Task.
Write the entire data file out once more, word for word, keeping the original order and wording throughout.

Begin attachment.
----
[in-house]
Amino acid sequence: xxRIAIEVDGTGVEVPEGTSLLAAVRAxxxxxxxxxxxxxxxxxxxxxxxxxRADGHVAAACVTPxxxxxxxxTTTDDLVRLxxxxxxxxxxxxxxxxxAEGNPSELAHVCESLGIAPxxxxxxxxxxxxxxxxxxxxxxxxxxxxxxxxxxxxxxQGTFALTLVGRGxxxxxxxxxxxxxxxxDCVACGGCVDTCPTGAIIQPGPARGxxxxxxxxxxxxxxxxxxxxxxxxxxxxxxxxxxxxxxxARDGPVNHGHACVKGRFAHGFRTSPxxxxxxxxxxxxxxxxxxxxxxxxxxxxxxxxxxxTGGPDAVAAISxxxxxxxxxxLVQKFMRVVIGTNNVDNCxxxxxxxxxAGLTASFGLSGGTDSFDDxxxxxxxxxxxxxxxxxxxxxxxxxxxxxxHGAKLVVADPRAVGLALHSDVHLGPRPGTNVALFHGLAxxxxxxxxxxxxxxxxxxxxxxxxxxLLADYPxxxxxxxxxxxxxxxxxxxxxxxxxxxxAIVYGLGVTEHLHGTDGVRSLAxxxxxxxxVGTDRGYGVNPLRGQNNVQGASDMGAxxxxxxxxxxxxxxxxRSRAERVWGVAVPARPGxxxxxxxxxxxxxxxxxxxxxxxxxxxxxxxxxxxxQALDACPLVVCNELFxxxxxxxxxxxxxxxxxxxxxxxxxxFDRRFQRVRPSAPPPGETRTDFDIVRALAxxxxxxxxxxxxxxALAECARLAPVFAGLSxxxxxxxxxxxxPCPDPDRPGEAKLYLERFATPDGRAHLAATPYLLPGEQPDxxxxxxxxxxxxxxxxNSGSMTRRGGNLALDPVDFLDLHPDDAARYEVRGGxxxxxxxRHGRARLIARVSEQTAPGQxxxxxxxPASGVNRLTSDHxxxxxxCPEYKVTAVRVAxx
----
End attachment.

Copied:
[in-house]
Amino acid sequence: xxRIAIEVDGTGVEVPEGTSLLAAVRAxxxxxxxxxxxxxxxxxxxxxxxxxRADGHVAAACVTPxxxxxxxxTTTDDLVRLxxxxxxxxxxxxxxxxxAEGNPSELAHVCESLGIAPxxxxxxxxxxxxxxxxxxxxxxxxxxxxxxxxxxxxxxQGTFALTLVGRGxxxxxxxxxxxxxxxxDCVACGGCVDTCPTGAIIQPGPARGxxxxxxxxxxxxxxxxxxxxxxxxxxxxxxxxxxxxxxxARDGPVNHGHACVKGRFAHGFRTSPxxxxxxxxxxxxxxxxxxxxxxxxxxxxxxxxxxxTGGPDAVAAISxxxxxxxxxxLVQKFMRVVIGTNNVDNCxxxxxxxxxAGLTASFGLSGGTDSFDDxxxxxxxxxxxxxxxxxxxxxxxxxxxxxxHGAKLVVADPRAVGLALHSDVHLGPRPGTNVALFHGLAxxxxxxxxxxxxxxxxxxxxxxxxxxLLADYPxxxxxxxxxxxxxxxxxxxxxxxxxxxxAIVYGLGVTEHLHGTDGVRSLAxxxxxxxxVGTDRGYGVNPLRGQNNVQGASDMGAxxxxxxxxxxxxxxxxRSRAERVWGVAVPARPGxxxxxxxxxxxxxxxxxxxxxxxxxxxxxxxxxxxxQALDACPLVVCNELFxxxxxxxxxxxxxxxxxxxxxxxxxxFDRRFQRVRPSAPPPGETRTDFDIVRALAxxxxxxxxxxxxxxALAECARLAPVFAGLSxxxxxxxxxxxxPCPDPDRPGEAKLYLERFATPDGRAHLAATPYLLPGEQPDxxxxxxxxxxxxxxxxNSGSMTRRGGNLALDPVDFLDLHPDDAARYEVRGGxxxxxxxRHGRARLIARVSEQTAPGQxxxxxxxPASGVNRLTSDHxxxxxxCPEYKVTAVRVAxx